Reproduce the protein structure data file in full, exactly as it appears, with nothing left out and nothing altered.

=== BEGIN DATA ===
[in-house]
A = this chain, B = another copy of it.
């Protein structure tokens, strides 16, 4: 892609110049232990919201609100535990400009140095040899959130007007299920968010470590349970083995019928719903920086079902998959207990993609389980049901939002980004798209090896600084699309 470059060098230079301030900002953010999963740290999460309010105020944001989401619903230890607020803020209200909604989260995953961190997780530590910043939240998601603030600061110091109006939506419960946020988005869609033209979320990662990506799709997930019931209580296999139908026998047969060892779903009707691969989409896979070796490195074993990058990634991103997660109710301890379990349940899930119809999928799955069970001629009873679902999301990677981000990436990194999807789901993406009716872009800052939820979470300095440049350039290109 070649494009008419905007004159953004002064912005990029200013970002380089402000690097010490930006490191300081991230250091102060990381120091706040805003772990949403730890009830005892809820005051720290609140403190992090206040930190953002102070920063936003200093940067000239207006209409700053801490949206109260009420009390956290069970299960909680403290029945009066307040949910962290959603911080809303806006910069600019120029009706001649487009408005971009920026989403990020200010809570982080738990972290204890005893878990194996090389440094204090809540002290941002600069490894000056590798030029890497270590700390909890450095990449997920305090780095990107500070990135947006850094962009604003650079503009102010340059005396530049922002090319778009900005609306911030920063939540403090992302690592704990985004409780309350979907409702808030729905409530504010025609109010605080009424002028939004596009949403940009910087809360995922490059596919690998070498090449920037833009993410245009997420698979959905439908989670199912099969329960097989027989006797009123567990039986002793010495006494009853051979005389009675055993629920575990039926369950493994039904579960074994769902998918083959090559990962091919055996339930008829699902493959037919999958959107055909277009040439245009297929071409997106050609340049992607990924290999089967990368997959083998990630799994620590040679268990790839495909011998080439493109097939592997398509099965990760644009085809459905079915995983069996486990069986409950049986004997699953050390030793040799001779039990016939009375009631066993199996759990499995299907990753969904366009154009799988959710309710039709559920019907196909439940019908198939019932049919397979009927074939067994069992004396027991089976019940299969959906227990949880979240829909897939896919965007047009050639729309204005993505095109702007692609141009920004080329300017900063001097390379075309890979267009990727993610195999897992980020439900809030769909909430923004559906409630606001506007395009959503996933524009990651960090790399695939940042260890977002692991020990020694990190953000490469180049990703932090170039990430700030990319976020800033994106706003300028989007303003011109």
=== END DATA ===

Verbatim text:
[in-house]
A = this chain, B = another copy of it.
């Protein structure tokens, strides 16, 4: 892609110049232990919201609100535990400009140095040899959130007007299920968010470590349970083995019928719903920086079902998959207990993609389980049901939002980004798209090896600084699309 470059060098230079301030900002953010999963740290999460309010105020944001989401619903230890607020803020209200909604989260995953961190997780530590910043939240998601603030600061110091109006939506419960946020988005869609033209979320990662990506799709997930019931209580296999139908026998047969060892779903009707691969989409896979070796490195074993990058990634991103997660109710301890379990349940899930119809999928799955069970001629009873679902999301990677981000990436990194999807789901993406009716872009800052939820979470300095440049350039290109 070649494009008419905007004159953004002064912005990029200013970002380089402000690097010490930006490191300081991230250091102060990381120091706040805003772990949403730890009830005892809820005051720290609140403190992090206040930190953002102070920063936003200093940067000239207006209409700053801490949206109260009420009390956290069970299960909680403290029945009066307040949910962290959603911080809303806006910069600019120029009706001649487009408005971009920026989403990020200010809570982080738990972290204890005893878990194996090389440094204090809540002290941002600069490894000056590798030029890497270590700390909890450095990449997920305090780095990107500070990135947006850094962009604003650079503009102010340059005396530049922002090319778009900005609306911030920063939540403090992302690592704990985004409780309350979907409702808030729905409530504010025609109010605080009424002028939004596009949403940009910087809360995922490059596919690998070498090449920037833009993410245009997420698979959905439908989670199912099969329960097989027989006797009123567990039986002793010495006494009853051979005389009675055993629920575990039926369950493994039904579960074994769902998918083959090559990962091919055996339930008829699902493959037919999958959107055909277009040439245009297929071409997106050609340049992607990924290999089967990368997959083998990630799994620590040679268990790839495909011998080439493109097939592997398509099965990760644009085809459905079915995983069996486990069986409950049986004997699953050390030793040799001779039990016939009375009631066993199996759990499995299907990753969904366009154009799988959710309710039709559920019907196909439940019908198939019932049919397979009927074939067994069992004396027991089976019940299969959906227990949880979240829909897939896919965007047009050639729309204005993505095109702007692609141009920004080329300017900063001097390379075309890979267009990727993610195999897992980020439900809030769909909430923004559906409630606001506007395009959503996933524009990651960090790399695939940042260890977002692991020990020694990190953000490469180049990703932090170039990430700030990319976020800033994106706003300028989007303003011109």